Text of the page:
Texas Tech Department of Art to Present Fifth Lowrider/Dream Bike Parade

What starts as a young artist’s idea and ends in a creative form of colorful, chrome-coated self-expression.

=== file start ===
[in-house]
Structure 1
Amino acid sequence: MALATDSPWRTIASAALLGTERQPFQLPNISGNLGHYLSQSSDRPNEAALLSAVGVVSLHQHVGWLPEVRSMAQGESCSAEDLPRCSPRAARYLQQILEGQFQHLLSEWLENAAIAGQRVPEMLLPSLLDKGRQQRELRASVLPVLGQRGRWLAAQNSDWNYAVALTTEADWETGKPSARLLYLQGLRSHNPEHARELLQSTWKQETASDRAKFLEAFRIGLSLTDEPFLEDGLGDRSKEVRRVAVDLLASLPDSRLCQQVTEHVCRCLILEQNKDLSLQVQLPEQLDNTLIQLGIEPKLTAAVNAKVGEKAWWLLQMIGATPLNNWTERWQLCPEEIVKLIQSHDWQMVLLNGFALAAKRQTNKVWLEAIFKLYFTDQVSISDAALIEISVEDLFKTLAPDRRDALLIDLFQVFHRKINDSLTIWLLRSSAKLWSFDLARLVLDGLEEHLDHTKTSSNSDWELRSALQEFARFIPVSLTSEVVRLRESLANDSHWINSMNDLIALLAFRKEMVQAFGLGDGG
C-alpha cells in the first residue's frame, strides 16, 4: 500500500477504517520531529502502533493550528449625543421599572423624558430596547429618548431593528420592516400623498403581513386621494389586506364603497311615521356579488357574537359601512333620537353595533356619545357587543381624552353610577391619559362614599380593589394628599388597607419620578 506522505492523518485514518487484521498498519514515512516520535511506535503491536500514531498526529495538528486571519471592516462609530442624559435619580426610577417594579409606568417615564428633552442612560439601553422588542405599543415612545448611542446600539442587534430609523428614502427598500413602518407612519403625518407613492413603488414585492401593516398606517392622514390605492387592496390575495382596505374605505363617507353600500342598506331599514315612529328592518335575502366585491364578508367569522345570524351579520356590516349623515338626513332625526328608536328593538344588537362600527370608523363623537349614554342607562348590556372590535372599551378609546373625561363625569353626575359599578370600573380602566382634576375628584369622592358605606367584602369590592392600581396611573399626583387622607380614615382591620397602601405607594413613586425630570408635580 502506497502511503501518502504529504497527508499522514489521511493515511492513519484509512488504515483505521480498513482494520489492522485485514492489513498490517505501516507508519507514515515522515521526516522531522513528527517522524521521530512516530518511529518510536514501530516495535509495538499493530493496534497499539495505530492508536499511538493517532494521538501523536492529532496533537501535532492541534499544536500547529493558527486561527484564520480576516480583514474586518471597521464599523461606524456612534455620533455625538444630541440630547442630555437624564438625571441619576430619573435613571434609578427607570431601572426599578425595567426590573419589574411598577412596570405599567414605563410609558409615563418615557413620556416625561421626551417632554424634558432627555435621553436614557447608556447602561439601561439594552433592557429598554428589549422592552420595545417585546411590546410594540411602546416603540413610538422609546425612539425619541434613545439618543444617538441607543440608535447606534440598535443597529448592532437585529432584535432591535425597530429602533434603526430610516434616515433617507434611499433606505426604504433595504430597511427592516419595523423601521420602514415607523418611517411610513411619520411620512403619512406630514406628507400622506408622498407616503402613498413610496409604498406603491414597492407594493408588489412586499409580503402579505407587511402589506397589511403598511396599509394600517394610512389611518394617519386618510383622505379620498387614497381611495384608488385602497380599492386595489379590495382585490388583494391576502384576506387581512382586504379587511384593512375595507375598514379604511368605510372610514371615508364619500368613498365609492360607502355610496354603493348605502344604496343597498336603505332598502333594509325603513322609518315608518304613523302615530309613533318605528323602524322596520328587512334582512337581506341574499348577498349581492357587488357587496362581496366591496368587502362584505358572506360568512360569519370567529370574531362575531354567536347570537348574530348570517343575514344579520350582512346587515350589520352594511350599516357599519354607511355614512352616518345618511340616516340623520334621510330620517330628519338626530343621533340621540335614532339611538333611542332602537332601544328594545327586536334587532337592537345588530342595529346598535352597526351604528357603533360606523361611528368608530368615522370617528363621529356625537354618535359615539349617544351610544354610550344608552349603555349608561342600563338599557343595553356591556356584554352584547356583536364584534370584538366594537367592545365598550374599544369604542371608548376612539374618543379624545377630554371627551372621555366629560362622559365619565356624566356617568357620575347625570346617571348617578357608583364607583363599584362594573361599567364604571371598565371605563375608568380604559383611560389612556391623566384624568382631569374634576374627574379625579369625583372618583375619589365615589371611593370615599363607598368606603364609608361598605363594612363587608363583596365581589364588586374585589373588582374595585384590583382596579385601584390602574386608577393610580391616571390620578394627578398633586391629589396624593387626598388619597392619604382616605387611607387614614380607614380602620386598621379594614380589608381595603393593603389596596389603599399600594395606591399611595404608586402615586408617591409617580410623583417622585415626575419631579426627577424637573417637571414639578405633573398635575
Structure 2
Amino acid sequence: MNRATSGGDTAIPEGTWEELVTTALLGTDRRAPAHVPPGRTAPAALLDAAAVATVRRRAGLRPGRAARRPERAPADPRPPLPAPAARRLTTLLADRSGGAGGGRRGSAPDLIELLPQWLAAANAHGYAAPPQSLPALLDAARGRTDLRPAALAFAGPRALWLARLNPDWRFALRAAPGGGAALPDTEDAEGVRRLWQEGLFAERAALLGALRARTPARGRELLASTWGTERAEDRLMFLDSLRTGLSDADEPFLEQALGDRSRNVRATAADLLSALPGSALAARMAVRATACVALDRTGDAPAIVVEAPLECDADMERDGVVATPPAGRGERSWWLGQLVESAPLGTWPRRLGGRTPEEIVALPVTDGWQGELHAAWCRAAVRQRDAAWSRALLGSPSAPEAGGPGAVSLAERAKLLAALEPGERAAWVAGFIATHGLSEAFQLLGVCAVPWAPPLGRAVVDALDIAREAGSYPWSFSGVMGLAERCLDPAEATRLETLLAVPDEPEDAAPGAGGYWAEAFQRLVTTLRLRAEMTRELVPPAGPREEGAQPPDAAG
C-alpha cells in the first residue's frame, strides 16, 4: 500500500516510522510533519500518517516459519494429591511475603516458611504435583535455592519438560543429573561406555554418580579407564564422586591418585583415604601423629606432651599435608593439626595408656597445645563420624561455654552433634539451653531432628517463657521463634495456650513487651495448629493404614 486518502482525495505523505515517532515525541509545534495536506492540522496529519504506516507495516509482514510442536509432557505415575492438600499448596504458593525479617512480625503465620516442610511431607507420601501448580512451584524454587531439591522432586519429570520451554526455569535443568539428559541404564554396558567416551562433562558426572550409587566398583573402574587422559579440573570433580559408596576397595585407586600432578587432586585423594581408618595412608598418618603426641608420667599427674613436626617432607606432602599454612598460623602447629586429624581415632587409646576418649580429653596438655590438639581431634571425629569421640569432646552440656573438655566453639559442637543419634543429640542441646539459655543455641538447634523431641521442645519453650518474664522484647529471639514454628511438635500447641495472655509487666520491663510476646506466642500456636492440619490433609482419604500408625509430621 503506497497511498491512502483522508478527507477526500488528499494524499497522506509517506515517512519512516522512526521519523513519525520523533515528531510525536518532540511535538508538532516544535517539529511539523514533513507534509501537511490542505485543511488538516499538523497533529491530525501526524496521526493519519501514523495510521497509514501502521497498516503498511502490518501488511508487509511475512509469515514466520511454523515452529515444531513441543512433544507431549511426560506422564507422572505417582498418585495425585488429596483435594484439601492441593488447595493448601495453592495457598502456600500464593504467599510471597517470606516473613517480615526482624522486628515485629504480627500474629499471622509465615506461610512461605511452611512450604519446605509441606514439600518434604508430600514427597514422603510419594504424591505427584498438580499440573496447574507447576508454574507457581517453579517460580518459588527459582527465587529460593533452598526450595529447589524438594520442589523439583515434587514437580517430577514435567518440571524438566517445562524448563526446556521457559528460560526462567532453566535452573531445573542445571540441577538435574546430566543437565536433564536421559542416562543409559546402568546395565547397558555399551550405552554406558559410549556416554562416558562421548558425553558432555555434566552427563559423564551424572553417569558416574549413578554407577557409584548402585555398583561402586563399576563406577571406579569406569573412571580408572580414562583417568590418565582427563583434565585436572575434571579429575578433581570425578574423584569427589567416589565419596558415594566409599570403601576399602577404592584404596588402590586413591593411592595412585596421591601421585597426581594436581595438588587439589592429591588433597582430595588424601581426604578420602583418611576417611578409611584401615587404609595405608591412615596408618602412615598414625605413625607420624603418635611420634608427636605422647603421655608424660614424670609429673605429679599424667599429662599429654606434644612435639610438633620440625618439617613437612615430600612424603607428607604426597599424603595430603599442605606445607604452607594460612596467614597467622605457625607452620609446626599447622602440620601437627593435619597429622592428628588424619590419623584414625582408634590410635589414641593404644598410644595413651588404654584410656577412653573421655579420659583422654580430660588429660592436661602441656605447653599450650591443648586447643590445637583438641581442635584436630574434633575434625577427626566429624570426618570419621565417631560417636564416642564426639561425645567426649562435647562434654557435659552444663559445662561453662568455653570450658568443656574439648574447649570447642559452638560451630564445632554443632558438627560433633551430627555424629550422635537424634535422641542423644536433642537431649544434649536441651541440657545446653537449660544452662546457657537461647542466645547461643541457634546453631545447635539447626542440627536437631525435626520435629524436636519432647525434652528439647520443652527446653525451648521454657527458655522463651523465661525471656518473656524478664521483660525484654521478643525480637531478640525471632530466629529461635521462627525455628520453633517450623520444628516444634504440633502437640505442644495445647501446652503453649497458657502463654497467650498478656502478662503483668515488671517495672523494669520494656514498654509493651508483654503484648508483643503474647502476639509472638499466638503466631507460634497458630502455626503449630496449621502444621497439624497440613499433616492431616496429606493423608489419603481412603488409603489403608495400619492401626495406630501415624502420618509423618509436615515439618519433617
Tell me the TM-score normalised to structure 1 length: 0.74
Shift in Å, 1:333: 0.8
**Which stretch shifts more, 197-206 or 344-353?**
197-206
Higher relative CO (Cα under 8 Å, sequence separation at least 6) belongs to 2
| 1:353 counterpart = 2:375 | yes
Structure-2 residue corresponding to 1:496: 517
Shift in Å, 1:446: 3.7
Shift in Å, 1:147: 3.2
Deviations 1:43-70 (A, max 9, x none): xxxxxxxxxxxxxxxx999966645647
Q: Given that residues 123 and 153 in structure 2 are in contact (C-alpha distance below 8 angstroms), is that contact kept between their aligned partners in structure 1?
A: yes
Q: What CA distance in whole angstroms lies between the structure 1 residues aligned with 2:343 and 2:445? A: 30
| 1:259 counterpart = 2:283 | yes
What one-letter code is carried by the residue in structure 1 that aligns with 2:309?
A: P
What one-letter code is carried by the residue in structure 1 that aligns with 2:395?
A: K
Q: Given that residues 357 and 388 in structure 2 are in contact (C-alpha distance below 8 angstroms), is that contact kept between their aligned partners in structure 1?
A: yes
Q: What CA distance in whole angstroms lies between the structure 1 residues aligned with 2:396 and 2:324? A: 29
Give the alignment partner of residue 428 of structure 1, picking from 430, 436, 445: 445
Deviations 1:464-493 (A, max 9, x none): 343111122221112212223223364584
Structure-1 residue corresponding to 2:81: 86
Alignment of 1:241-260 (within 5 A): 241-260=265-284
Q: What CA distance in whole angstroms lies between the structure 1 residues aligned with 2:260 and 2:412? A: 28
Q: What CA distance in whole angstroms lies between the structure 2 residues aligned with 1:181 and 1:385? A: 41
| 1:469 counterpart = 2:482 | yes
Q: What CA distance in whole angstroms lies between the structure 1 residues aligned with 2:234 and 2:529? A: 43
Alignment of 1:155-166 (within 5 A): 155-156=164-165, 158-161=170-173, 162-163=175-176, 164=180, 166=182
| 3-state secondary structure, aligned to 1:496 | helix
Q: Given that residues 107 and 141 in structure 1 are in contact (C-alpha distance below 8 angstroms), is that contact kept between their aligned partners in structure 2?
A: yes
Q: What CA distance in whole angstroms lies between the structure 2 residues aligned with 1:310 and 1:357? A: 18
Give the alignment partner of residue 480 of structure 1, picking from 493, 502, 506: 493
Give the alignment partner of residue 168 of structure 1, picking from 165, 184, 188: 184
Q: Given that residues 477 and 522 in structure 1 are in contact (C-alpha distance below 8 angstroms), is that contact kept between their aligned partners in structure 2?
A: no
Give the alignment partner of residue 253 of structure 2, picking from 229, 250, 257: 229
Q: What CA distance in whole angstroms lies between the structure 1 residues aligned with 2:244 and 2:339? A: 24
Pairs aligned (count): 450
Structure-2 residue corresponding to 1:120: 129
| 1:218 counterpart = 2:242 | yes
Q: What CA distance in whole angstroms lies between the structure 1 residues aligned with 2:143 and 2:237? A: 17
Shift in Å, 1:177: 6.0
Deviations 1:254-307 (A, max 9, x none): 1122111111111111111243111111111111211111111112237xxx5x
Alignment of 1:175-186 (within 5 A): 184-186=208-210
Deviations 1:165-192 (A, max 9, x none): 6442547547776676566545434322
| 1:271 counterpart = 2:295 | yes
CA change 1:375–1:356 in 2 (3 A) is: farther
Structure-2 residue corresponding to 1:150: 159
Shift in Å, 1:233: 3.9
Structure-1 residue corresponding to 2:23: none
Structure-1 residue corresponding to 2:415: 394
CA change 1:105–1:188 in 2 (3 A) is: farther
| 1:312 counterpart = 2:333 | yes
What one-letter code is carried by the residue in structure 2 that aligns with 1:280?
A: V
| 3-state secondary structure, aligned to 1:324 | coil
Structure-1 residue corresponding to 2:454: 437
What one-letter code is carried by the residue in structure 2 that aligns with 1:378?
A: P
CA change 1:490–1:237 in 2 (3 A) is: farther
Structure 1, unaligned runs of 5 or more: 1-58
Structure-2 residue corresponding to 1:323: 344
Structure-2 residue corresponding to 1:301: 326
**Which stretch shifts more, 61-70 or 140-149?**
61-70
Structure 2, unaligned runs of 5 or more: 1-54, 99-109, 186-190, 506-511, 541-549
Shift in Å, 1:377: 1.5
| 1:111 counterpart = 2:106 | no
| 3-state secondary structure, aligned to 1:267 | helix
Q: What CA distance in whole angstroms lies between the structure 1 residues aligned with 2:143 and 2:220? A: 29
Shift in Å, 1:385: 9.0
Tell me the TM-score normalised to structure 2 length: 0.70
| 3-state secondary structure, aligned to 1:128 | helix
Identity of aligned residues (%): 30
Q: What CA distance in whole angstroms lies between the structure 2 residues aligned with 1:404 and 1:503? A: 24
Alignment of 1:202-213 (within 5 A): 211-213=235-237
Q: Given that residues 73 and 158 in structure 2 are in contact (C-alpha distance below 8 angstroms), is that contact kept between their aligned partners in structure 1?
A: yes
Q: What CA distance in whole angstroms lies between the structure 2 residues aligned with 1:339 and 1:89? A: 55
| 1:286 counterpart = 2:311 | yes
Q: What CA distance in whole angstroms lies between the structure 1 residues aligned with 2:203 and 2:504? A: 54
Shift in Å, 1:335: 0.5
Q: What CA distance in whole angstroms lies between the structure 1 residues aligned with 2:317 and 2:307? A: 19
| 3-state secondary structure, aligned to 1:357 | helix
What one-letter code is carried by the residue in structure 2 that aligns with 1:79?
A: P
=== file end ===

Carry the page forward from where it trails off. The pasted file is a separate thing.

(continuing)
What starts as a young artist's idea and ends in a creative form of colorful, chrome-coated self-expression will take to the roads at 5:30 p.m. Friday (April 24) for the fifth Lowrider/Dream Bike Parade on the Texas Tech University Campus. This year's event will begin in front of the east entrance of the Art Building, located at 18th Street and Flint Avenue. In a parallel project, associate professor of art Will Canning's sculpture students will exhibit their bicycle-inspired, kinetic artwork. The two groups met in February and exchanged ideas as the project began. At the parade, Carol Edwards, dean of the College of Visual and Performing Arts, will recognize the 16 students from Atkins Junior High School and the 10 undergraduate visual studies majors for their achievements. Also, she will honor others like the Sigma Alpha Epsilon Fraternity, who donated or assisted with this program. "This outreach project is a reflection of the commitment of the college and the School of Art in working collaboratively with area institutions to broaden the impact of Texas Tech in our educational community," Edwards said. "We are proud of our faculty and students who care deeply about educational opportunities for all of our school children. Projects such as this one forge relationships and provide solid foundations for strong community-based programs." This is the fifth year the School of Art has partnered with a school from the Lubbock area in presenting an art bike project, and the second year that Atkins Junior High School has participated, said Future Akins-Tillett, assistant professor in visual studies. The program serves as a form of community outreach. Atkins is 79 percent minority, and 78 percent of students come from economically disadvantaged families. Prior to last year, the school was working to remediate its 2007 School Accountability Rating of Academically Unacceptable based on Texas Assessment of Knowledge and Skills (TAKS) scores. By the end of the project last year, 62 percent of the students that had not been acceptable in math TAKS had improved to acceptable. Several other students who participated in last year's lowrider bike program expressed a desire to attend college. "I think this program works because it is about the students, about their culture and it is a real project with various stages that have to be completed before the next step can be taken," Akins-Tillett said. "It is great to have them at Texas Tech, to encourage them to begin thinking about college and to simply know there are people here who care about them and respect their heritage and popular culture." The middle school students began planning their dream bikes in February, and painting began in April. Through the process, Akins-Tillett said the students learn art and design, which includes a practical application of physics and math. In addition to designing, the students work with mentors and attend a bike safety camp and discussed healthy life styles that focused on nutrition and exercise. "The mentors have made a huge difference," she said. "They were in the classroom with the kids from Atkins twice a week, getting to know them, helping them push their ideas, aiding them in dreaming and believing in their dreams. It is moving to see how hard the students have worked and how excited they are to finally receive their bikes. This year, each student from Atkins will have a working bike - a means of transportation and a way to live a healthier lifestyle." The program is in cooperation with Atkins art teacher Lyn Brown, and Atkins principal Chris Huber. Huber said he and his staff look forward to the same sort of results this year. "In addition to supporting the goal of improving student achievement, the project served to provide our students with role models from diverse backgrounds, experiences and academic fields of expertise," he said. The program received a Crystal Award by Texas Association of Partners in Education for its outstanding work with volunteers and the results achieved by the students. Later this year, the middle school students will mentor students at Bean Elementary School discussing their bike project and encouraging the younger students to stay in school. Find Texas Tech news, experts and story ideas at www.media.ttu.edu. CONTACT: Todd DeVriese, director, School of Art, Texas Tech University, (806) 742-3825 ext. 223, or todd.devriese@ttu.edu; Future Akins-Tillett, professor of visual studies, (806) 742-3825 ext. 257, or future.akins@ttu.edu.